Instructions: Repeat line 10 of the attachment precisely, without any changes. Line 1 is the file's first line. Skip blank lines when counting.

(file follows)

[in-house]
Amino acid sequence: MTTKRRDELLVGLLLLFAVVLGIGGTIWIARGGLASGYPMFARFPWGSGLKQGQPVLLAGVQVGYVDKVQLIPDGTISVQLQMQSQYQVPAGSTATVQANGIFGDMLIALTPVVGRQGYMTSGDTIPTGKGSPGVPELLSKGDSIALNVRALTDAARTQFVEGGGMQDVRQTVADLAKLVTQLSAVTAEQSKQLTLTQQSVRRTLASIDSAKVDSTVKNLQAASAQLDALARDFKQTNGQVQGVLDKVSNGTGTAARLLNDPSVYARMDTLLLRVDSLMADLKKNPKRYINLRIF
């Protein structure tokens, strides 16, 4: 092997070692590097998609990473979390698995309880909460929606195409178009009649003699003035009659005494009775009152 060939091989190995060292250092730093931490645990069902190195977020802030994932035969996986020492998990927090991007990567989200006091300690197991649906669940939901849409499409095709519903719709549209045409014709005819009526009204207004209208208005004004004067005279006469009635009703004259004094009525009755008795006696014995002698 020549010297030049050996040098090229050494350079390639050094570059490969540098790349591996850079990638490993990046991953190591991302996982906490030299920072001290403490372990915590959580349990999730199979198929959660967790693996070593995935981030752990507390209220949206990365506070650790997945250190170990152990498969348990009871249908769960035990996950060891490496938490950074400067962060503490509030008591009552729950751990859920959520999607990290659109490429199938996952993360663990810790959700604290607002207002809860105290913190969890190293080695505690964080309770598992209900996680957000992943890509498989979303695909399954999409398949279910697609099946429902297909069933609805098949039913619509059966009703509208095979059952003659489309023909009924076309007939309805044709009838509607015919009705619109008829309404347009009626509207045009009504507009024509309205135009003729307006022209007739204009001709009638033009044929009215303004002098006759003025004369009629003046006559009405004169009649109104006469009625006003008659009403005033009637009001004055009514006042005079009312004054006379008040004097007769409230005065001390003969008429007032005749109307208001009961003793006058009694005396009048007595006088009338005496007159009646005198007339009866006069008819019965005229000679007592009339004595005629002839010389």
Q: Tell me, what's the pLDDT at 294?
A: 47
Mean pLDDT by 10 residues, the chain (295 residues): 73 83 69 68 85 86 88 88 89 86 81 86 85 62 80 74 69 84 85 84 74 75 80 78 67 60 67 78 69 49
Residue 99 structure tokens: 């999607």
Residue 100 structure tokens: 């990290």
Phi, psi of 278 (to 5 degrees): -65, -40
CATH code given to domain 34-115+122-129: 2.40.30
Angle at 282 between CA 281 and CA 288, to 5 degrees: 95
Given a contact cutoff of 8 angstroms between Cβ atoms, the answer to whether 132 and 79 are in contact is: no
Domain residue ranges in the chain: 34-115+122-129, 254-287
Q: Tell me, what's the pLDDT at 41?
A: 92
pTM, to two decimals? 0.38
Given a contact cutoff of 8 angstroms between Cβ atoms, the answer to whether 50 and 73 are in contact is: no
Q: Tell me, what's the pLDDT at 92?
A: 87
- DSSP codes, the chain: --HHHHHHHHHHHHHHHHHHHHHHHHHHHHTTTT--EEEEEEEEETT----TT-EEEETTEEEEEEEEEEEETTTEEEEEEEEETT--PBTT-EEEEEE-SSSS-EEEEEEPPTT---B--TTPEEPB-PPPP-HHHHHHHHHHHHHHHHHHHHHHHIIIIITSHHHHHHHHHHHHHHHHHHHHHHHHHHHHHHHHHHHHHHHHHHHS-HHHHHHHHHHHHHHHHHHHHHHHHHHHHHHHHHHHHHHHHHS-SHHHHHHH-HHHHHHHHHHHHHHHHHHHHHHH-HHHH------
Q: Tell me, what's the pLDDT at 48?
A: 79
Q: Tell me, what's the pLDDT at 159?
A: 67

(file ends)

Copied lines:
CATH code given to domain 34-115+122-129: 2.40.30